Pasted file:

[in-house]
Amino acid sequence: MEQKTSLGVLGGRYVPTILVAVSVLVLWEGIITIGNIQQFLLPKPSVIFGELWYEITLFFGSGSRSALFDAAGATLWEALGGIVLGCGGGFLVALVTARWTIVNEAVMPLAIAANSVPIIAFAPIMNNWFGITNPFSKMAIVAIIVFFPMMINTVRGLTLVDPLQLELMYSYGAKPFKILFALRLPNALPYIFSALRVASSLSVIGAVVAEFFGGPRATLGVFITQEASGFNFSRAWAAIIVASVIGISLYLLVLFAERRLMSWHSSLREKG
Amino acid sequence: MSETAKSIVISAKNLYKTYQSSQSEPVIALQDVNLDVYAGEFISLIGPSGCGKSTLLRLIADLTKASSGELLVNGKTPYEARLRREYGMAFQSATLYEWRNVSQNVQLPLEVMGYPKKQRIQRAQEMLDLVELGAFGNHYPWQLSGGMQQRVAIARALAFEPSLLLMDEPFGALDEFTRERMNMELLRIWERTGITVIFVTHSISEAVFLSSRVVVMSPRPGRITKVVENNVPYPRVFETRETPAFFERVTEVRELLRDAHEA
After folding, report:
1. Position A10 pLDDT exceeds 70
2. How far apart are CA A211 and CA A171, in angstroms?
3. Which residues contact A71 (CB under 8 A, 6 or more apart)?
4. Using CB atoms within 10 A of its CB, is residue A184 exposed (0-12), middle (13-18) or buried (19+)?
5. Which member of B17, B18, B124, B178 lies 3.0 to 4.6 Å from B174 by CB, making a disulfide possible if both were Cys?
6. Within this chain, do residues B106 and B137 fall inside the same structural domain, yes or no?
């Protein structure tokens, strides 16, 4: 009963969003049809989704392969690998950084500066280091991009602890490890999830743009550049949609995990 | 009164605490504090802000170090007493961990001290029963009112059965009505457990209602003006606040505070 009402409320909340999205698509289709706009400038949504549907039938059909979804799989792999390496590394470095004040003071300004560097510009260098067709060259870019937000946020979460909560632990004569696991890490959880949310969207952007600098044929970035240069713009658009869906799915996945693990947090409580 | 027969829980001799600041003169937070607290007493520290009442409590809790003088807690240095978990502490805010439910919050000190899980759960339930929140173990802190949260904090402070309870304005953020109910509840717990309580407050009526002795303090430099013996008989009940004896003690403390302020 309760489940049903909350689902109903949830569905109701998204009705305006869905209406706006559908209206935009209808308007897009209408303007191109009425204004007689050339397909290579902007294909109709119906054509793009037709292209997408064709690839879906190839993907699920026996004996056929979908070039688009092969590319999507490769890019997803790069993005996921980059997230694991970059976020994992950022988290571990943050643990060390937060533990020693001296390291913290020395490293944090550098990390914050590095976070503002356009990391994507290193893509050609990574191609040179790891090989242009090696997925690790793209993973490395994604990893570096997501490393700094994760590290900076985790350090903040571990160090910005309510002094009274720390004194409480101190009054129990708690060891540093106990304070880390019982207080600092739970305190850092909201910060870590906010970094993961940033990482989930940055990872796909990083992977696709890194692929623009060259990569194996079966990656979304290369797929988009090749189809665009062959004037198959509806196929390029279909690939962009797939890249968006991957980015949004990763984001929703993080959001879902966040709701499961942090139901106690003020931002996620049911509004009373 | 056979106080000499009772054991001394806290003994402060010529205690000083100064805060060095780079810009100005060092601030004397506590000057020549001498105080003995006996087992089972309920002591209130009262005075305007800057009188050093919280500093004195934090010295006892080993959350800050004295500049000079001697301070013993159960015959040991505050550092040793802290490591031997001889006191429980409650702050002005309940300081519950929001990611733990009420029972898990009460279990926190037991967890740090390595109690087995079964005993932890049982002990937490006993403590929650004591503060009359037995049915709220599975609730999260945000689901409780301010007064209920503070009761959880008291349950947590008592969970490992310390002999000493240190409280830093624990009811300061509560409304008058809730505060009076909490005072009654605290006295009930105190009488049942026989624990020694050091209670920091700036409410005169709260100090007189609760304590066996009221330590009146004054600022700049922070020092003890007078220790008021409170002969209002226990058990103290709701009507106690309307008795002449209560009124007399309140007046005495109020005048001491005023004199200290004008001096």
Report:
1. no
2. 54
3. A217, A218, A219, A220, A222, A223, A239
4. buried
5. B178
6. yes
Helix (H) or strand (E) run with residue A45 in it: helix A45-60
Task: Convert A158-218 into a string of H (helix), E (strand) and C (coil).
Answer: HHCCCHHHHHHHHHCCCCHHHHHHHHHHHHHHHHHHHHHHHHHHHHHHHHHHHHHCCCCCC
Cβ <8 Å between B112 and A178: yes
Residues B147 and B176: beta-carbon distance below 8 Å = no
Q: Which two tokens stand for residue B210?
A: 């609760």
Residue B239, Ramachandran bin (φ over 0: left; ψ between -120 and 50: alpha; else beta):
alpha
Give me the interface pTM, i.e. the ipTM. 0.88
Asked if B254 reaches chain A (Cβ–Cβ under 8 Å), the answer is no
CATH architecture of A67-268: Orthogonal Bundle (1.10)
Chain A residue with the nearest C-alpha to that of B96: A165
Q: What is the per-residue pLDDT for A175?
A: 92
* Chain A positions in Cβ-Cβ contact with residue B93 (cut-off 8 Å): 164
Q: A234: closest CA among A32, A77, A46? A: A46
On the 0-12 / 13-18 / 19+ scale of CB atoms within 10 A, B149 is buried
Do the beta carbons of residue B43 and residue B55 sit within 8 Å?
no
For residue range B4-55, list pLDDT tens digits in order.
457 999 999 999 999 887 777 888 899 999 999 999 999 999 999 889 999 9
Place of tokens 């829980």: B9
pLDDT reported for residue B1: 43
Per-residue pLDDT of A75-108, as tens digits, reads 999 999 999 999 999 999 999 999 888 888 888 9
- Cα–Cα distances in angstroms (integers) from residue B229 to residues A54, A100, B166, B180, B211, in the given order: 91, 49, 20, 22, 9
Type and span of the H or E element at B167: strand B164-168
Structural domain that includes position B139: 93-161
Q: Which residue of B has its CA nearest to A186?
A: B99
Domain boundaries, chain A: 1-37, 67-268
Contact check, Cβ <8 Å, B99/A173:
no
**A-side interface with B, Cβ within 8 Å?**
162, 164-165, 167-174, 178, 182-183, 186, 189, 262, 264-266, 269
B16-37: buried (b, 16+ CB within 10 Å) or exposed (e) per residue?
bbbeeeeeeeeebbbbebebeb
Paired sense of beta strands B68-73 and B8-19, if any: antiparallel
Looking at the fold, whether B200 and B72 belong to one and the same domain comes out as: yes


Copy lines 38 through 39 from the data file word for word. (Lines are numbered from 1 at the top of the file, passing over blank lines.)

no
For residue range B4-55, list pLDDT tens digits in order.